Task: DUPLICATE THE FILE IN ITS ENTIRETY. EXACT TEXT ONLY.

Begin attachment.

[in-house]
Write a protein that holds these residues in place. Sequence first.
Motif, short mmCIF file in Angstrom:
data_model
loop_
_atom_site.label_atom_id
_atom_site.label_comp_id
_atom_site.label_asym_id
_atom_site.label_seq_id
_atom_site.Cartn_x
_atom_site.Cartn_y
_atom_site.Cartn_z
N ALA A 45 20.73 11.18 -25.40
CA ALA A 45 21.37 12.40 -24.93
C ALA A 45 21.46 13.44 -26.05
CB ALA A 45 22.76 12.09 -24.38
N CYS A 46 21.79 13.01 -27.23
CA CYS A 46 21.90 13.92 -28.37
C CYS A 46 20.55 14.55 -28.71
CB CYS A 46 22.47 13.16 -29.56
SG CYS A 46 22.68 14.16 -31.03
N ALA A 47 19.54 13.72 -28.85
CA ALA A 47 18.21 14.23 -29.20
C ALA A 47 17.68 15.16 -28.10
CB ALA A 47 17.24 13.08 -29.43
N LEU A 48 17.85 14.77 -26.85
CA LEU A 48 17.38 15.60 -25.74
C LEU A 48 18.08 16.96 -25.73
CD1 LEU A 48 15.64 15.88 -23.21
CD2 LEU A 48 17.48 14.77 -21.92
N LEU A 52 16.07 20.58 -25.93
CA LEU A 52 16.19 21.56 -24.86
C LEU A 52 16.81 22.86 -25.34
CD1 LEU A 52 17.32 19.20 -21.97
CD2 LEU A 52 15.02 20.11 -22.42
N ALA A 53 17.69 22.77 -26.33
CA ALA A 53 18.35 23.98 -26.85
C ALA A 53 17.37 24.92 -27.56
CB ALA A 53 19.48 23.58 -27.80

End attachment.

[in-house]
Write a protein that holds these residues in place. Sequence first.
Motif, short mmCIF file in Angstrom:
data_model
loop_
_atom_site.label_atom_id
_atom_site.label_comp_id
_atom_site.label_asym_id
_atom_site.label_seq_id
_atom_site.Cartn_x
_atom_site.Cartn_y
_atom_site.Cartn_z
N ALA A 45 20.73 11.18 -25.40
CA ALA A 45 21.37 12.40 -24.93
C ALA A 45 21.46 13.44 -26.05
CB ALA A 45 22.76 12.09 -24.38
N CYS A 46 21.79 13.01 -27.23
CA CYS A 46 21.90 13.92 -28.37
C CYS A 46 20.55 14.55 -28.71
CB CYS A 46 22.47 13.16 -29.56
SG CYS A 46 22.68 14.16 -31.03
N ALA A 47 19.54 13.72 -28.85
CA ALA A 47 18.21 14.23 -29.20
C ALA A 47 17.68 15.16 -28.10
CB ALA A 47 17.24 13.08 -29.43
N LEU A 48 17.85 14.77 -26.85
CA LEU A 48 17.38 15.60 -25.74
C LEU A 48 18.08 16.96 -25.73
CD1 LEU A 48 15.64 15.88 -23.21
CD2 LEU A 48 17.48 14.77 -21.92
N LEU A 52 16.07 20.58 -25.93
CA LEU A 52 16.19 21.56 -24.86
C LEU A 52 16.81 22.86 -25.34
CD1 LEU A 52 17.32 19.20 -21.97
CD2 LEU A 52 15.02 20.11 -22.42
N ALA A 53 17.69 22.77 -26.33
CA ALA A 53 18.35 23.98 -26.85
C ALA A 53 17.37 24.92 -27.56
CB ALA A 53 19.48 23.58 -27.80